The debate over data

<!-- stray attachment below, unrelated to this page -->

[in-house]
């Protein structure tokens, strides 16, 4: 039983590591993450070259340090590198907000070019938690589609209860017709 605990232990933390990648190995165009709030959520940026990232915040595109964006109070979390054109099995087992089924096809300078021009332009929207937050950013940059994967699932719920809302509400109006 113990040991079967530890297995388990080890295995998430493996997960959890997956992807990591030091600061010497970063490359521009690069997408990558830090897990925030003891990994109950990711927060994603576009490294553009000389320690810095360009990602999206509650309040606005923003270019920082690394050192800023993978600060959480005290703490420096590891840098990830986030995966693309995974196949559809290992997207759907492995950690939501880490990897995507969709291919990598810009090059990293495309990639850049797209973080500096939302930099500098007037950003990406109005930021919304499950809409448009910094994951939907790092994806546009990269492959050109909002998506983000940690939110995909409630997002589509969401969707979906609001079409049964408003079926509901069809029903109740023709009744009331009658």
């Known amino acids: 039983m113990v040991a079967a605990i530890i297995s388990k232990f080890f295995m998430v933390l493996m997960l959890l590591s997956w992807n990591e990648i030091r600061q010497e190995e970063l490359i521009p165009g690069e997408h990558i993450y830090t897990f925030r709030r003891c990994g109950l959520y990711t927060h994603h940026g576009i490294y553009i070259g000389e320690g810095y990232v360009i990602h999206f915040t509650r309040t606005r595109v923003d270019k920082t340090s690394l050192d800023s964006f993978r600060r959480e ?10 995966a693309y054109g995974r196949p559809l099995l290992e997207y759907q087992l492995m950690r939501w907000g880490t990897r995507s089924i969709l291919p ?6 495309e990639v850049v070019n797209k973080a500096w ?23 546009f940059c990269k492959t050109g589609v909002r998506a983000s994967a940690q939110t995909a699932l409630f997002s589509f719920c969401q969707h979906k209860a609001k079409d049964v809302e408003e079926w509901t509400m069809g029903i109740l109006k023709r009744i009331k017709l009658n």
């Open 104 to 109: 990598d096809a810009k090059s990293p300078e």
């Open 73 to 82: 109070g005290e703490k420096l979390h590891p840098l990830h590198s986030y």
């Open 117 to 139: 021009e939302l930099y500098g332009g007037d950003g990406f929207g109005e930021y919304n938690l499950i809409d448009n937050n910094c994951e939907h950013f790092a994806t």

A friendly reminder by our wireless company became the catalyst for tense discussion during a leisurely family walk around the block. Mr. Harris started the volley by tossing out a simple advisory that we had hit 90 percent of our data usage and needed to slow down. "If you don't," he reminded, "We'll have big overages on the bill." Our teen reacted with a level of frustration that surprised us both. As she defended her streaming data usage, her vehemence made me think he had told her there would be no more food in the home or he would now be charging for more than five minutes of showering each day. He then tried to explain the differences between 3G and WIFI and the appropriate times to use each, leading me to shake my head in wonder. Who knew my free-spirited spender would become such a thrifty saver once he took over bill paying? As I've enjoyed his new found financial prowess, I simply listened in so I didn't spoil his thunder. After all, it is refreshing to see him being the bad guy every now and then. "I need to use data," she insisted, expounding on the ways she keeps up with her generation. Mr. Harris expressed his understanding, but explained he was not about to pay overages or penalties, which I wholeheartedly, albeit silently, agreed. "Can't you email or text your friends," he asked, reminding her it was free and didn't use any of the limited data we pay for. "I need to Instagram," she calmly explained; clearly exasperated we would think teens even bothered with that old email thing. "Your endless Instagramming is devouring our data plan like a cowboy sucks down a Sonny's sweet tea," Mr. Harris insisted. In my head, I could almost hear my daughter retorting, "Tell the waitress to bring us a pitcher then because we are some thirsty diners."Things started getting tense so I jumped in to remind I too was using data, although not at the level of the teen. Unfortunately for her, but perhaps beneficial to me, is our bill shows us exactly who uses what, when and for how long. It was great to track the texting issue, but data is a whole other animal. How much data is too much? How reasonable is the amount being allocated to each of us? Why does Instagramming use data anyway? I almost have to wonder if the popularity of these applications is promoted simply to ensure we pay as much as possible to the wireless carriers. Is it just a coincidence that as soon as something becomes free, say for example, texting, then something else pops up in use that costs money? The days of concern about overages in text messages were so long ago, like maybe even last year, so we have forgotten all about it. Now our concerns are over data usage. Where does it end? It appears it ends when we get a warning text. We've set all our phones to alert us and when the 90% message pops up, it's back to the archaic method of texting. Not surprisingly, the kid has already figured out a method around being cut off, which I found quite resourceful. Within days, she has mastered the art of switching between 3G and WIFI and has already begun reminding me I should be doing the same. Her intelligent usage of the data might even help us save money, if I can ever get the hang of it. I'm really glad we had our debate over data.